... Compared to other Southern pines, longleaf pine ecosystems are more tolerant of wildfire and more resistant to pests such as Southern pine beetle (Dendroctonus frontalis). Both forms of disturbances are expected to exacerbate under warmer, drier conditions (Costanza et al., 2015;Hodges et al., 1979;Martinson et al., 2007;Southeast Regional Partnership for Planning and Sustainability, 2009). Longleaf pine are also timber resources, and landowners may manage these ecosystems as profitable investments (Alavalapati et al., 2002;America's Longleaf, 2018). ...
... The available bioclimatic niche models that predominate the predictions about woodpeckers (Figure 3b) provide potential broad-scale range distribution trends (Pearson & Dawson, 2003) and ground cover composition (James, Hess, Kicklighter, & Thum, 2011), which are indistinguishable at the scale of plant functional groups. Therefore, even with the persistence of the needle-leaved evergreen biome or long-leaf pine successional stages within this region (Costanza, Terando, McKerrow, & Collazo, 2015), finer scale niche attributes are important (Schiegg et al., 2002) and should be included in model integration. ...
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The structure and composition of forest ecosystems are expected to shift with climate‐induced changes in precipitation, temperature, fire, carbon mitigation strategies, and biological disturbance. These factors are likely to have biodiversity implications. However, climate‐driven forest ecosystem models used to predict changes to forest structure and composition are not coupled to models used to predict changes to biodiversity. We proposed integrating woodpecker response (biodiversity indicator) with forest ecosystem models. Woodpeckers are a good indicator species of forest ecosystem dynamics, because they are ecologically constrained by landscape‐scale forest components, such as composition, structure, disturbance regimes, and management activities. In addition, they are correlated with forest avifauna community diversity. In this study, we explore integrating woodpecker and forest ecosystem climate models. We review climate–woodpecker models and compare the predicted responses to observed climate‐induced changes. We identify inconsistencies between observed and predicted responses, explore the modeling causes, and identify the models pertinent to integration that address the inconsistencies. We found that predictions in the short term are not in agreement with observed trends for 7 of 15 evaluated species. Because niche constraints associated with woodpeckers are a result of complex interactions between climate, vegetation, and disturbance, we hypothesize that the lack of adequate representation of these processes in the current broad‐scale climate–woodpecker models results in model–data mismatch. As a first step toward improvement, we suggest a conceptual model of climate–woodpecker–forest modeling for integration. The integration model provides climate‐driven forest ecosystem modeling with a measure of biodiversity while retaining the feedback between climate and vegetation in woodpecker climate change modeling.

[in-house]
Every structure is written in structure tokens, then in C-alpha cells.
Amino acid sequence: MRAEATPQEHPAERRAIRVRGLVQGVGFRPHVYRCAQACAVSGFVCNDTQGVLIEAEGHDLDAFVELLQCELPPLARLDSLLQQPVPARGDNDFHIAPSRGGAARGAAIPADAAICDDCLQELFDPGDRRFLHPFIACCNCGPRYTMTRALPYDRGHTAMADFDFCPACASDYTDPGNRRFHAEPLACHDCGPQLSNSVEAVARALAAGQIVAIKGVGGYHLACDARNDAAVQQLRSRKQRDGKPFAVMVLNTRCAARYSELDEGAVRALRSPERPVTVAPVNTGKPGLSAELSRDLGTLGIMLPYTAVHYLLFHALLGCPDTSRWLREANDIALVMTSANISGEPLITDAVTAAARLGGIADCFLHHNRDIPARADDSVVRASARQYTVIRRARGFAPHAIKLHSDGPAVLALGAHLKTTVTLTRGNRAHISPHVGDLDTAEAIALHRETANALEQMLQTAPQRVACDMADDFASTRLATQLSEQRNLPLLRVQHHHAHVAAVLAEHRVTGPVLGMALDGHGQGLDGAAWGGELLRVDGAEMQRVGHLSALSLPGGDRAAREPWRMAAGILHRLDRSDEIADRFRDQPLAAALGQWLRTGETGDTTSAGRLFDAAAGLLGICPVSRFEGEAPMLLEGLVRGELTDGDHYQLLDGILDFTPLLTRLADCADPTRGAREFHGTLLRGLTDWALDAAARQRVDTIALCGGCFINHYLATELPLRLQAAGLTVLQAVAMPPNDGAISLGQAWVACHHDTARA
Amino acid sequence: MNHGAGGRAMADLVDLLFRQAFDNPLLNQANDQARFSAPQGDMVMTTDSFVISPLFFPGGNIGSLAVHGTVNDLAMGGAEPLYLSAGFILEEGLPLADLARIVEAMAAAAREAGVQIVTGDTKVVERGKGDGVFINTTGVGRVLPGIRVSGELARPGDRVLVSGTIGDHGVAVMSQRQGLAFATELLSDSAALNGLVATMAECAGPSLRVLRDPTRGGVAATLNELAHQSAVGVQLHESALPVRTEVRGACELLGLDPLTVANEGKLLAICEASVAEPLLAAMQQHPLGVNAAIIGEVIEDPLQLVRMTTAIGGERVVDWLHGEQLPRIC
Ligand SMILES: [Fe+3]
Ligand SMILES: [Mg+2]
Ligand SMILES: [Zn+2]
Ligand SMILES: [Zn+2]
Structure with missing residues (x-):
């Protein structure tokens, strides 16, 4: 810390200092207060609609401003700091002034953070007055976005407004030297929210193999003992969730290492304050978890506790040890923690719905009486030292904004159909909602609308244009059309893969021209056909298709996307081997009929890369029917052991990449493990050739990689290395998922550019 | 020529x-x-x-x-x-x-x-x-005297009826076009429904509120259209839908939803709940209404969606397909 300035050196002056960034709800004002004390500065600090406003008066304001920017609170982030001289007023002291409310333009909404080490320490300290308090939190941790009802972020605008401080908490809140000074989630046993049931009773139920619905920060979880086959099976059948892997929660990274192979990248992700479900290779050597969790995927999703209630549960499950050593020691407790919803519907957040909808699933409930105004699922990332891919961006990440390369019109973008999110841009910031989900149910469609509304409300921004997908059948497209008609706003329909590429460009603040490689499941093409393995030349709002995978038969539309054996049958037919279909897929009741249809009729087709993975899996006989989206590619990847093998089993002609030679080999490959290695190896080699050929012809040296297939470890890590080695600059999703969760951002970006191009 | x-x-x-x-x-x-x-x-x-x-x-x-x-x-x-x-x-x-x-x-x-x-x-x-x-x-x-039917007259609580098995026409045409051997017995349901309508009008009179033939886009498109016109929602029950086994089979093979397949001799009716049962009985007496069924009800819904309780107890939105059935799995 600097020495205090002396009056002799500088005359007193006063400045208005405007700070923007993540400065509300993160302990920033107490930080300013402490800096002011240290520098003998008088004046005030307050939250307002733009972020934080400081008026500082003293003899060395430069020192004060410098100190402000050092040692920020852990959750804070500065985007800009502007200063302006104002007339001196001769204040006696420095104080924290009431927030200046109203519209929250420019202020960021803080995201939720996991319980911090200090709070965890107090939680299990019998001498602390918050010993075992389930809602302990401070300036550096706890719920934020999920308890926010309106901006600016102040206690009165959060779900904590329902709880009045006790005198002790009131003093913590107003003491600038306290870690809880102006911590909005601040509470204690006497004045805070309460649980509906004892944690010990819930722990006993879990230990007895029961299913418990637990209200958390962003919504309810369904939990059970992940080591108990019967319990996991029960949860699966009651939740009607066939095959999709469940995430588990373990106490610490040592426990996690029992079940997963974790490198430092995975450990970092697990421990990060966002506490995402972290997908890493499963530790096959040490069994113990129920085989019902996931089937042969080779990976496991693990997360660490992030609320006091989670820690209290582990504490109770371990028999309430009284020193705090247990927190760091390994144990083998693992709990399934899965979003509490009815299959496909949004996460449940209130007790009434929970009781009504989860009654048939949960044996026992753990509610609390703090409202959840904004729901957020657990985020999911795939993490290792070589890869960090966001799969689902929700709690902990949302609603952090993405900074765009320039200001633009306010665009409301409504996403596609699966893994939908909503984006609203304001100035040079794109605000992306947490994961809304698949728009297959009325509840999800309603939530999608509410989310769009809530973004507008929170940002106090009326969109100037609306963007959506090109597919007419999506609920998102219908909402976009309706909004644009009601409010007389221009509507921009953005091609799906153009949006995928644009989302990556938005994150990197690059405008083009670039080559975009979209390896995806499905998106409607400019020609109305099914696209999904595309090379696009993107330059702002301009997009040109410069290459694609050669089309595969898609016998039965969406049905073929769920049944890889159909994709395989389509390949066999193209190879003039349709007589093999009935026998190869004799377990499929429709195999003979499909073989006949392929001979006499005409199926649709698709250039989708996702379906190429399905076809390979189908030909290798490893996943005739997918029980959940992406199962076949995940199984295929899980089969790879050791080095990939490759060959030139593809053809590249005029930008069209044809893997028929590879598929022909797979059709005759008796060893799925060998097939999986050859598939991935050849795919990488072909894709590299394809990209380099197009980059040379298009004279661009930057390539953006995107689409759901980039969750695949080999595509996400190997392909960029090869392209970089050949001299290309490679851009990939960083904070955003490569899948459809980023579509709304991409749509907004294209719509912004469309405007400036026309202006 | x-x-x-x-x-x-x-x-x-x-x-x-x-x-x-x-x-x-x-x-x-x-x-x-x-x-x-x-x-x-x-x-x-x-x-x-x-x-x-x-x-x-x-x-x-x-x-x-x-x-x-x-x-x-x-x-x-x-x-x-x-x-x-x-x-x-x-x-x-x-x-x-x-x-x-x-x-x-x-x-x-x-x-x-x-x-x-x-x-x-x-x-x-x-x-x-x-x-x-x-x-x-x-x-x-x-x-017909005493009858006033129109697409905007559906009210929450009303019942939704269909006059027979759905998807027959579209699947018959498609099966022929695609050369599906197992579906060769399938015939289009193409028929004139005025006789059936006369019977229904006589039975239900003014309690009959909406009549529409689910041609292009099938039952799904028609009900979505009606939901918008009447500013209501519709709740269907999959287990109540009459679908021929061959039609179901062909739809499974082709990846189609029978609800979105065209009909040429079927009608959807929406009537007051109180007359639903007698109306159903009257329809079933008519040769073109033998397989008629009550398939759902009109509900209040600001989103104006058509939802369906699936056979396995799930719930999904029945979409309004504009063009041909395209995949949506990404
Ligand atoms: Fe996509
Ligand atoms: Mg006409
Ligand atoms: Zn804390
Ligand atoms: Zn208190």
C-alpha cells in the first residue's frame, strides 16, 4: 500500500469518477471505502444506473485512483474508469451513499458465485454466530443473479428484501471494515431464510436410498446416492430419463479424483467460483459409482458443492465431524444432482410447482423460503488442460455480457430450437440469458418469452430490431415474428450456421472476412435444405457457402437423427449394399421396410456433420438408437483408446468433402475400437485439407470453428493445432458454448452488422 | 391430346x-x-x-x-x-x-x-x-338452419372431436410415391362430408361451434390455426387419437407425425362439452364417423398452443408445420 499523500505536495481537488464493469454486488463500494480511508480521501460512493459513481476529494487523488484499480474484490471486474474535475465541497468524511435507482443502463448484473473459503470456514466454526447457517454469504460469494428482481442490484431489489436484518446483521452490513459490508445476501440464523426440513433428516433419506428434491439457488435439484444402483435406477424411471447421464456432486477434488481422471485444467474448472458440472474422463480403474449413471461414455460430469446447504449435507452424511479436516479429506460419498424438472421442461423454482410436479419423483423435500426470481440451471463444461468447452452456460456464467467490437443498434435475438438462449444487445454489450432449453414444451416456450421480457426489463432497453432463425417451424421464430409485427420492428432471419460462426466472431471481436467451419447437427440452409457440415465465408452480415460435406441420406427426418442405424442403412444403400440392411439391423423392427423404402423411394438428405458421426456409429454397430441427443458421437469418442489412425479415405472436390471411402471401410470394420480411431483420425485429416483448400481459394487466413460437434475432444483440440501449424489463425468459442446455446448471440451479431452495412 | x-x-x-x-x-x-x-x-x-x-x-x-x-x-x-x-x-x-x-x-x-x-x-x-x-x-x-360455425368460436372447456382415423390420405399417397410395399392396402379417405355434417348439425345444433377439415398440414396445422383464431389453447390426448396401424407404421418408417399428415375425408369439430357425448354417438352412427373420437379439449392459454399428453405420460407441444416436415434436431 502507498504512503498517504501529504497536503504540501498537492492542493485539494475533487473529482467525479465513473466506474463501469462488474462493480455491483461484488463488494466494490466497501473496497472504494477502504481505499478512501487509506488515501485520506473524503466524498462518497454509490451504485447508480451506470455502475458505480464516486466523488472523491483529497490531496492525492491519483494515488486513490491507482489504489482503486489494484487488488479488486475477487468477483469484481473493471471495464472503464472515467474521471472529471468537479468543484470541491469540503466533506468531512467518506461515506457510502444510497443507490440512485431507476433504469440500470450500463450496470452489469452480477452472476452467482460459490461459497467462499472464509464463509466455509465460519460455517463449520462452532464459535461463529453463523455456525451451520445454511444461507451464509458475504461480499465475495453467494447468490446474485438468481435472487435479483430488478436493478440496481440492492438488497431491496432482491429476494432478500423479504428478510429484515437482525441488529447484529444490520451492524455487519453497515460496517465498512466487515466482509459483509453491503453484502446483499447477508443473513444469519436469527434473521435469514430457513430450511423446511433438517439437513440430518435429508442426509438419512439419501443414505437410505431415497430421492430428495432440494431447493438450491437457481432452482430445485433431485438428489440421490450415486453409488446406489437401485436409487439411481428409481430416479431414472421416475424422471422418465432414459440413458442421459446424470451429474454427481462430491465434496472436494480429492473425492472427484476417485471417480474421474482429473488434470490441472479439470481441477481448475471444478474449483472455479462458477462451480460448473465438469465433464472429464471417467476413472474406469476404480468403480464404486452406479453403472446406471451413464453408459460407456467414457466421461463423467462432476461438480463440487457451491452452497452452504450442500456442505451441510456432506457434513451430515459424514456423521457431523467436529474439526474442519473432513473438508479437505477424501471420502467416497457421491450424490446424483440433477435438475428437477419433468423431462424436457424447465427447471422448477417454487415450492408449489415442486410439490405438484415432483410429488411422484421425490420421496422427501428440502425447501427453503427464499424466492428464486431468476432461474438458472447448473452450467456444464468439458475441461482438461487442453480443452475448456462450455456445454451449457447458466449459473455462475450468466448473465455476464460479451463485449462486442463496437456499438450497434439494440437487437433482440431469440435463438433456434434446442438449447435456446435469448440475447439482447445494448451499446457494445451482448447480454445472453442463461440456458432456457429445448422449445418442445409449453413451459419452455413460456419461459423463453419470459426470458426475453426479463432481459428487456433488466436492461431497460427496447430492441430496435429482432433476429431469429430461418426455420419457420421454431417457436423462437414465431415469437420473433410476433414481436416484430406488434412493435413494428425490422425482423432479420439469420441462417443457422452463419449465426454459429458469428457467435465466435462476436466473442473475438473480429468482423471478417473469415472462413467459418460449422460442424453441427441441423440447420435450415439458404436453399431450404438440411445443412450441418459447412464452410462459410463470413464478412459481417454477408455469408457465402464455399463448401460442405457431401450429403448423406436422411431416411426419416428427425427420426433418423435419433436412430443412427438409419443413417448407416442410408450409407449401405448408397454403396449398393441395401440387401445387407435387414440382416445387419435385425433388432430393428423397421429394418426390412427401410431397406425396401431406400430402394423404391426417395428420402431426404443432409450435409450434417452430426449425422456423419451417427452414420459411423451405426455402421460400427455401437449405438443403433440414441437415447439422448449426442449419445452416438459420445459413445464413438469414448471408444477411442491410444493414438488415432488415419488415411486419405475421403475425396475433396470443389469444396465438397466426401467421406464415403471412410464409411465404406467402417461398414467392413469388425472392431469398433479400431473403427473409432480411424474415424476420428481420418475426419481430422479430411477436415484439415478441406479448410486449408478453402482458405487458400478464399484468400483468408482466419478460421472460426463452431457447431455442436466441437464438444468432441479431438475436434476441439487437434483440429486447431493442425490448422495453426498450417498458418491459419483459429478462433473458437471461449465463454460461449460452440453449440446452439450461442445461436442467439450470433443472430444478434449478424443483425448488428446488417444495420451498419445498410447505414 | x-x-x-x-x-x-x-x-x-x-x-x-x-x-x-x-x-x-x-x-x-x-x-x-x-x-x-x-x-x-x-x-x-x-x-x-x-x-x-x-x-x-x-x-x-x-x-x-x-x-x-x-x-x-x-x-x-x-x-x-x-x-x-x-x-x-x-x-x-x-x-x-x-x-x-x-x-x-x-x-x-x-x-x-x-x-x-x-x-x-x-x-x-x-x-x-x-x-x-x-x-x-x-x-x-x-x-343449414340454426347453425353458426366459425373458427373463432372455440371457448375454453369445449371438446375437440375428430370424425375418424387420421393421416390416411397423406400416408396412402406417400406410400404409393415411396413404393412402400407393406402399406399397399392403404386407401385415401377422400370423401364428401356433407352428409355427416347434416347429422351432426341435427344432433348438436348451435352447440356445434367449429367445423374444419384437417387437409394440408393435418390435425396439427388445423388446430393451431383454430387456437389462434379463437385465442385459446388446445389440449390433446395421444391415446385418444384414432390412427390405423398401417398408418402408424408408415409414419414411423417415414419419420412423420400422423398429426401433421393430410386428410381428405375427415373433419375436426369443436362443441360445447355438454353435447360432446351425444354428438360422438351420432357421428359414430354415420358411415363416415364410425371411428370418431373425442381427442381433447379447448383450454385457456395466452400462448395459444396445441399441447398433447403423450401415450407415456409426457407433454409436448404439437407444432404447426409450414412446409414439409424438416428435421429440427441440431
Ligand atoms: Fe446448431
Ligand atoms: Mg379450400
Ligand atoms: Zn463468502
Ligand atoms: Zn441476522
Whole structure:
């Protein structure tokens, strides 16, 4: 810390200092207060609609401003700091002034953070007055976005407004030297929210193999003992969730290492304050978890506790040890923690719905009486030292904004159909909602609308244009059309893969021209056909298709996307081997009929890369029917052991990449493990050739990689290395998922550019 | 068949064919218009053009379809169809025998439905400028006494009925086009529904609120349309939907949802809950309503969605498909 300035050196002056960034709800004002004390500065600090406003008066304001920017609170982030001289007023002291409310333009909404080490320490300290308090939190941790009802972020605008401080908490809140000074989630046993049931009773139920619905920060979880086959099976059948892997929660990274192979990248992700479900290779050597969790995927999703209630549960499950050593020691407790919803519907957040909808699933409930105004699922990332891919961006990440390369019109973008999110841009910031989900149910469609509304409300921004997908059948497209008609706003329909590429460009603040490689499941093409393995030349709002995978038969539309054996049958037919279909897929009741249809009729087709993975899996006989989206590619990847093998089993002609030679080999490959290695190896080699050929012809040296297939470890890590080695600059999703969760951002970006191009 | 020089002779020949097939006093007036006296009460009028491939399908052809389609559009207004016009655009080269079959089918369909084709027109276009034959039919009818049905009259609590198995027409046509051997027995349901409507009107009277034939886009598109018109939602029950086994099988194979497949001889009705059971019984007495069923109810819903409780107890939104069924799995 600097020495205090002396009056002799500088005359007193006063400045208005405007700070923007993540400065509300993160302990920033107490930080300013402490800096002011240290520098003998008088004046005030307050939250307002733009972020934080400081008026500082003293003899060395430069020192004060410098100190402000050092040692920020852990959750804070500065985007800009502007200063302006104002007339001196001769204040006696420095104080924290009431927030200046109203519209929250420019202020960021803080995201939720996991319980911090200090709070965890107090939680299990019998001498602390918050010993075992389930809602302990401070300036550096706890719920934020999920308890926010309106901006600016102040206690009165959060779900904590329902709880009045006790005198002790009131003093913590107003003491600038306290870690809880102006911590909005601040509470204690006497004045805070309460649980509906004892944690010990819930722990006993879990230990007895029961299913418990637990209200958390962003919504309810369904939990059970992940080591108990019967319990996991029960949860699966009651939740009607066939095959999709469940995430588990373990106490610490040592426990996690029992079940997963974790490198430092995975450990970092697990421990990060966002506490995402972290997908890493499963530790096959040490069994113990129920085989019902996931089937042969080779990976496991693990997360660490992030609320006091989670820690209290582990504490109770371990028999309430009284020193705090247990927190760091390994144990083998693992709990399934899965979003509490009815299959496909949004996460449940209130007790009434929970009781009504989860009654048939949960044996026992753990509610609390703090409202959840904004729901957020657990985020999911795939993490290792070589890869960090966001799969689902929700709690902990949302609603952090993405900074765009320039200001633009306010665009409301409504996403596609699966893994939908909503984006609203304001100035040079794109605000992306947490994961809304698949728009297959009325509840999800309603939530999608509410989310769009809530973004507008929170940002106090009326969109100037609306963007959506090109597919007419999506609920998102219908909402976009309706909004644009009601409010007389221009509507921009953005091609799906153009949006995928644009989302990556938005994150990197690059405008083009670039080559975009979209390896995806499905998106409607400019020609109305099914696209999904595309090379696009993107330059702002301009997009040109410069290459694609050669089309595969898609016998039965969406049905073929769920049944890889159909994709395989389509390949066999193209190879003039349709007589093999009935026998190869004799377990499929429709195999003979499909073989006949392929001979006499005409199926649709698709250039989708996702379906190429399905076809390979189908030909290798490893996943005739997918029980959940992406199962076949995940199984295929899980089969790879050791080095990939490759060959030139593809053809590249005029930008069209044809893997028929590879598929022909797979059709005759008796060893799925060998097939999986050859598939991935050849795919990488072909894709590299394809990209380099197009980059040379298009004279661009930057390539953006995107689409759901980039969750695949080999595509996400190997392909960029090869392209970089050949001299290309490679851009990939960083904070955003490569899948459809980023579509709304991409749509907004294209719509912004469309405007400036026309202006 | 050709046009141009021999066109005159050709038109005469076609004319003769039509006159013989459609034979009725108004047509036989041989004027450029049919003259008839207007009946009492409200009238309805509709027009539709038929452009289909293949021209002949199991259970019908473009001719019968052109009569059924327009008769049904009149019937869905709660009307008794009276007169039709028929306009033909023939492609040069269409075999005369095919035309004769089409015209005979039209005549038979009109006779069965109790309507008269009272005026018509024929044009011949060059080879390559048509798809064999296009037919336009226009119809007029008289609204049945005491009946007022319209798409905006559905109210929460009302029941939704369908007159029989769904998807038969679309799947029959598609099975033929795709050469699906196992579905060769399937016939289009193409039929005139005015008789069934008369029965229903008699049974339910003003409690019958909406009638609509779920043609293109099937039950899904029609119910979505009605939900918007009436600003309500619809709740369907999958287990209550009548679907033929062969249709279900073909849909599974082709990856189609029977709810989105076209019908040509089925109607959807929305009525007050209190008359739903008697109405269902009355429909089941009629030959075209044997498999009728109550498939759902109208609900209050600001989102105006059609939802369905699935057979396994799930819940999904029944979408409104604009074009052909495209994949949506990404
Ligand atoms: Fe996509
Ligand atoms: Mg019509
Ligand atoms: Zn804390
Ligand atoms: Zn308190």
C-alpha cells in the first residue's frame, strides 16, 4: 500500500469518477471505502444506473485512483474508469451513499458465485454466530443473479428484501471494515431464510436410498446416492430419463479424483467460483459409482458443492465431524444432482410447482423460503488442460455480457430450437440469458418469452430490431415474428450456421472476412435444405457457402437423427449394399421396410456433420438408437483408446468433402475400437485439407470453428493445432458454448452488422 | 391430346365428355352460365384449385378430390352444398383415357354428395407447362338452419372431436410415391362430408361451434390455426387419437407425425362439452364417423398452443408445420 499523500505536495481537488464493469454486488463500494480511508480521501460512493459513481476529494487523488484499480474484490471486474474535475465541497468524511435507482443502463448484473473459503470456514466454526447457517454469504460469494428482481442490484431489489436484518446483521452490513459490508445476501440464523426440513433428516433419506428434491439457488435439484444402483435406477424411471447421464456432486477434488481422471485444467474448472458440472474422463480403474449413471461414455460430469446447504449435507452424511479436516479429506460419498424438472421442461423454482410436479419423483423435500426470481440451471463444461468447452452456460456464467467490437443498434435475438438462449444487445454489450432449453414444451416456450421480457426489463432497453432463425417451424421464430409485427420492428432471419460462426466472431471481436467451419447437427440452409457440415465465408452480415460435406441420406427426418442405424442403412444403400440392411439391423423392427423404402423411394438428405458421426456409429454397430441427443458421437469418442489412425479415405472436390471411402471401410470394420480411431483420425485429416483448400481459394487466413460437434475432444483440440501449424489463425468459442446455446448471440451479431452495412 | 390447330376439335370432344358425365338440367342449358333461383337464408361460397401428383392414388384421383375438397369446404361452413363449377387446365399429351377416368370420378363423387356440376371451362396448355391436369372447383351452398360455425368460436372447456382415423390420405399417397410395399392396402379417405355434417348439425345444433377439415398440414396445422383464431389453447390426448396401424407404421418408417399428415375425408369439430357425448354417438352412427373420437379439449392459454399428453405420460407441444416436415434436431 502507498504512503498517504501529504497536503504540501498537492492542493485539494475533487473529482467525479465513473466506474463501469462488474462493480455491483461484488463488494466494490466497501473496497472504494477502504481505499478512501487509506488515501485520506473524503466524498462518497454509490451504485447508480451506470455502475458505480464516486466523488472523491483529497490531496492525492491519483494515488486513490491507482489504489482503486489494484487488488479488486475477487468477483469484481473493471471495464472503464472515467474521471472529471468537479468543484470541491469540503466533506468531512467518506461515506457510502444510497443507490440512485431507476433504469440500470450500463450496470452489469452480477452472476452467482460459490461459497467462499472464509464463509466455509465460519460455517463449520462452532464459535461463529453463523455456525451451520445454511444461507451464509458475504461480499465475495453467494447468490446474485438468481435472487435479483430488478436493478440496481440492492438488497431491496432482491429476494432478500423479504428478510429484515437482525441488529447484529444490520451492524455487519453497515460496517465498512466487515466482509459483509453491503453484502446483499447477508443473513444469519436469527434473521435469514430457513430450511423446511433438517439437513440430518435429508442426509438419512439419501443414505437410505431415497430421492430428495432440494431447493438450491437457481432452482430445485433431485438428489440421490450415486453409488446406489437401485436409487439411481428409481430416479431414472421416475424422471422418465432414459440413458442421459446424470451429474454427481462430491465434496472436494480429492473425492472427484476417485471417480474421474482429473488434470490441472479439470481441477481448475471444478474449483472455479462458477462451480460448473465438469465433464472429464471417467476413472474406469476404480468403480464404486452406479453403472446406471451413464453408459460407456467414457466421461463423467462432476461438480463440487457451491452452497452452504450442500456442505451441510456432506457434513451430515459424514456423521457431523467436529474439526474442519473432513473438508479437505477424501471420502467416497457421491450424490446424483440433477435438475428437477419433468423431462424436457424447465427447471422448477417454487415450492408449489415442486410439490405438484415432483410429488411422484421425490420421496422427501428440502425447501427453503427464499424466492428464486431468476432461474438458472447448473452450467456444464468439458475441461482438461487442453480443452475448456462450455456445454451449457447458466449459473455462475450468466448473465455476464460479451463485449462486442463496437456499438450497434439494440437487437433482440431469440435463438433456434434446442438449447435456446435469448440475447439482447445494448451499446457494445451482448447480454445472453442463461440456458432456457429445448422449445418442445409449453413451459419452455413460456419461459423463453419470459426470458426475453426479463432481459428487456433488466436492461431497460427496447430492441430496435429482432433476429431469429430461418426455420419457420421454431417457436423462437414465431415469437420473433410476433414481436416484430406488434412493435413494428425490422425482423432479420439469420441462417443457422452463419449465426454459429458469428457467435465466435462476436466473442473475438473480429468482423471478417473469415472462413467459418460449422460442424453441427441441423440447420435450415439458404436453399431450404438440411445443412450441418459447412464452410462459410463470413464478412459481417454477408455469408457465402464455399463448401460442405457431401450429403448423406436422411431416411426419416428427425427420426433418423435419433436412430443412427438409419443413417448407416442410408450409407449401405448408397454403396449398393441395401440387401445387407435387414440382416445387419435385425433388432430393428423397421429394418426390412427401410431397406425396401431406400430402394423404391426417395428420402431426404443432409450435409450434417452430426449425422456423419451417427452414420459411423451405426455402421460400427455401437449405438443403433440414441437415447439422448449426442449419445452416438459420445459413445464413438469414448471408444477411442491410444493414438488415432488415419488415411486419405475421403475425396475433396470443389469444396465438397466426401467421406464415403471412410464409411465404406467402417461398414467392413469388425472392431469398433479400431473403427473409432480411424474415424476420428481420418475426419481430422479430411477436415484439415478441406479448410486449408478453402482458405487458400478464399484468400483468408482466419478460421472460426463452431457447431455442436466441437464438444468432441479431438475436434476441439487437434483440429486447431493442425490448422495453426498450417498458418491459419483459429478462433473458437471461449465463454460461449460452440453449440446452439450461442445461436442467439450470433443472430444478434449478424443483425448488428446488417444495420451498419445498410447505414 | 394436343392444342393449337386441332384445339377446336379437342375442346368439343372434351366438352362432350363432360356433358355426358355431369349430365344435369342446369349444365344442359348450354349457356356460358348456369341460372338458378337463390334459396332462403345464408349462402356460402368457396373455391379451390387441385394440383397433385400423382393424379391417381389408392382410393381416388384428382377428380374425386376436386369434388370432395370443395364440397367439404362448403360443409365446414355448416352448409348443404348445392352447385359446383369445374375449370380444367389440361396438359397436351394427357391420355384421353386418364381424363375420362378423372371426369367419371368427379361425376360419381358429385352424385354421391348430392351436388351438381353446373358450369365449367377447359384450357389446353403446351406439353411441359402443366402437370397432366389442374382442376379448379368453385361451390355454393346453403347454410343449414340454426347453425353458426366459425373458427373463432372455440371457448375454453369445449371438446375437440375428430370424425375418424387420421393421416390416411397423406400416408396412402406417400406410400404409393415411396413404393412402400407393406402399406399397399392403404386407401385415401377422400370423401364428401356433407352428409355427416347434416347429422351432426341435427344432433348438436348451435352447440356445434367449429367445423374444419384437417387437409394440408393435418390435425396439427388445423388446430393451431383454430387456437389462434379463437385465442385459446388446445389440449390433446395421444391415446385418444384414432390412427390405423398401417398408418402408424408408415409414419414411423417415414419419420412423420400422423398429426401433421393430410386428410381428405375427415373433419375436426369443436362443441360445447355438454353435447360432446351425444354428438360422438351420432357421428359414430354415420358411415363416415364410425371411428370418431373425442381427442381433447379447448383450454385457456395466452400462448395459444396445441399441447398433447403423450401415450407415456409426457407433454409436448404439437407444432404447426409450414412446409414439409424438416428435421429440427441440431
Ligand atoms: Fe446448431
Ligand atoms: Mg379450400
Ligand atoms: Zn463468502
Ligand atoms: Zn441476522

... Internally, supportive leadership helped to advance climate change-related planning efforts within some states, while interviews verified that the political environment in other states made it difficult to address climate change directly. 4 In 2018 the Southeast Climate Science Center was renamed the Southeast Climate Adaptation Science Center. ...
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This report, produced in support of the Southeast Conservation Adaptation Strategy, reviews how states in the southeastern United States have addressed current and projected climate change in their recently-updated State Wildlife Action Plans (SWAPs). Researchers associated with the Vital Futures project (a collaboration among National Wildlife Federation, University of South Carolina, and North Carolina State University) examined state wildlife action plans from 15 southeastern states and Puerto Rico in order to: 1) identify the various approaches used to address climate change in the recent SWAP updates, 2) highlight key commonalities and differences among the states, and 3) improve understanding of the challenges and opportunities that state agencies face as they address climate change risks. Methods included detailed review of the SWAPs and follow-up interviews with SWAP coordinators. An adapted version of the “climate-smart conservation cycle” [11] provided the conceptual framework for the data analysis. This examination is intended to illuminate elements of success in these plans and facilitate further progress in both state and regional conservation efforts.
... The effects of urbanization on vegetation degradation have drawn increasing attention (Imhoff et al., 2004;Costanza et al., 2015;Pickens et al., 2017). Studies of the effects of urbanization on plant function in ecosystems at the landscape scale have mainly documented the loss of vegetation caused by the modification of farmland into urban land, for example in the United States (Milesi et al., 2003), in Europe (Gingrich et al., 2015), and in China (Tian and Qiao, 2014;Yu et al., 2009). ...